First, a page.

Against Marginality: Arguments for a Public Criminology
Currie, E (2007) Against Marginality: Arguments for a Public Criminology. Theoretical Criminology: an international journal, 11(2), pp. 175-190.
Despite its accumulated theoretical and empirical heft, the discipline of criminology has had distressingly little impact on the course of public policy toward crime and criminal justice. This article addresses the sources of that troubling marginality, with special emphasis on the powerful disincentives to greater public impact that operate within the discipline itself and the research universities that mainly house it—including the pressure to publish ever more narrow research in peer-reviewed journals at the expense of efforts at synthesis and dissemination that could serve to educate a broader public. Achieving a greater voice in the world outside the discipline will require a concerted move toward a more explicitly public criminology, and seeing to it that the work of such a criminology is more reliably supported and rewarded within the universities and the profession as a whole.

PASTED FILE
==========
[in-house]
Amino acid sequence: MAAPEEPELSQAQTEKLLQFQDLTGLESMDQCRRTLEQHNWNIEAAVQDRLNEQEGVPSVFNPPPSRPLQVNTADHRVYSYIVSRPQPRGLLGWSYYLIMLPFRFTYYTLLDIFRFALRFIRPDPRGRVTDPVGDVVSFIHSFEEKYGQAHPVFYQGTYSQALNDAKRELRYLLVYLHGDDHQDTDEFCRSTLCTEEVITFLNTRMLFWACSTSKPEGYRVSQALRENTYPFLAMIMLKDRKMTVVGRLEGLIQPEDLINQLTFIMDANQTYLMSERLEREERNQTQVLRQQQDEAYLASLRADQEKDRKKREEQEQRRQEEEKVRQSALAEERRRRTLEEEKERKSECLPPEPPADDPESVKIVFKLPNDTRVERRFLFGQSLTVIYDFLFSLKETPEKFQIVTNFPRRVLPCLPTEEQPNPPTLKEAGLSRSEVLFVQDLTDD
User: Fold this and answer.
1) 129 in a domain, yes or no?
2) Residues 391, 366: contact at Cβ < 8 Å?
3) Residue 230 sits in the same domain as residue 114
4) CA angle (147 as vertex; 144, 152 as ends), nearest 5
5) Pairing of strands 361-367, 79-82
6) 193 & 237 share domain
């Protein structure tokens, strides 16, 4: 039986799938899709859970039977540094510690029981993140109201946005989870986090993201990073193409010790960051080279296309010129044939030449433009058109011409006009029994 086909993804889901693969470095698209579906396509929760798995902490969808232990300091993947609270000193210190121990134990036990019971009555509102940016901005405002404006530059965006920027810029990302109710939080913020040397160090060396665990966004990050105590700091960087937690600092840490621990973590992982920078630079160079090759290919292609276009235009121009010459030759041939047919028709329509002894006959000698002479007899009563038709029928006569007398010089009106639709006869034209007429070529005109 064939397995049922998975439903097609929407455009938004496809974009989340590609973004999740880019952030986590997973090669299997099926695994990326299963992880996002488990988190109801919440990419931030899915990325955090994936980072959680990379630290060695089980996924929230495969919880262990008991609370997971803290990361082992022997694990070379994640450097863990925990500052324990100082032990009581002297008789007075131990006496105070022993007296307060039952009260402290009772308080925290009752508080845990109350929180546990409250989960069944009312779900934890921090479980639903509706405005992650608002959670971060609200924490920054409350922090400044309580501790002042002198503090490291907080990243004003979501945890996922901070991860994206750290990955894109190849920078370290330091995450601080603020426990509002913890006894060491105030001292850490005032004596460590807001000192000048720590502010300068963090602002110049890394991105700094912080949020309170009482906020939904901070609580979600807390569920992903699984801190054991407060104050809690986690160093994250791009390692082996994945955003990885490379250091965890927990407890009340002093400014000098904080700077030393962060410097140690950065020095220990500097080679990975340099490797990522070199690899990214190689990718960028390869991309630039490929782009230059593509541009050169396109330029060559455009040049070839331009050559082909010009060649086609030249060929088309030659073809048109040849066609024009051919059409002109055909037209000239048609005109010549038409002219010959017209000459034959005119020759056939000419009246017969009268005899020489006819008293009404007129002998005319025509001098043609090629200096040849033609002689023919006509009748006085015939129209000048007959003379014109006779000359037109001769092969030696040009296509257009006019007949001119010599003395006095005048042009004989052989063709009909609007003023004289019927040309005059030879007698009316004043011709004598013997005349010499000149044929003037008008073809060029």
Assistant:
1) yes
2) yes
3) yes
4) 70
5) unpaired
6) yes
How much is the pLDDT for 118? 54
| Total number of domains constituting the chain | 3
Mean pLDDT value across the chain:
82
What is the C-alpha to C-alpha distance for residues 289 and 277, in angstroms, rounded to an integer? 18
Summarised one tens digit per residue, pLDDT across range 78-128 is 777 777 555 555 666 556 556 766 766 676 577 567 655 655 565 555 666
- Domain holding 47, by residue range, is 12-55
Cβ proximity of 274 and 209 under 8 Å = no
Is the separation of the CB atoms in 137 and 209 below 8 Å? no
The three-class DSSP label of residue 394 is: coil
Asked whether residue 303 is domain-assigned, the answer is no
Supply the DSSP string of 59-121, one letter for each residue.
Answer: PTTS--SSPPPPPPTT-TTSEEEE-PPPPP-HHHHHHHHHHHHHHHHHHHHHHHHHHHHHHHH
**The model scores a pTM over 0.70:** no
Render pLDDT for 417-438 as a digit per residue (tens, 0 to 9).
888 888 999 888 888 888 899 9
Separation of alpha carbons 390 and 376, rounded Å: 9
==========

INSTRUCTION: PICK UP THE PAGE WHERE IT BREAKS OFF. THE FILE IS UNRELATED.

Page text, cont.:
Impact and interest:
Citation counts are sourced monthly from and citation databases.
These databases contain citations from different subsets of available publications and different time periods and thus the citation count from each is usually different. Some works are not in either database and no count is displayed. Scopus includes citations from articles published in 1996 onwards, and Web of Science® generally from 1980 onwards.
Citations counts from theindexing service can be viewed at the linked Google Scholar™ search.
|Item Type:||Journal Article|
|Deposited On:||17 Jul 2012 06:10|
|Last Modified:||28 Apr 2015 03:19|
Repository Staff Only: item control page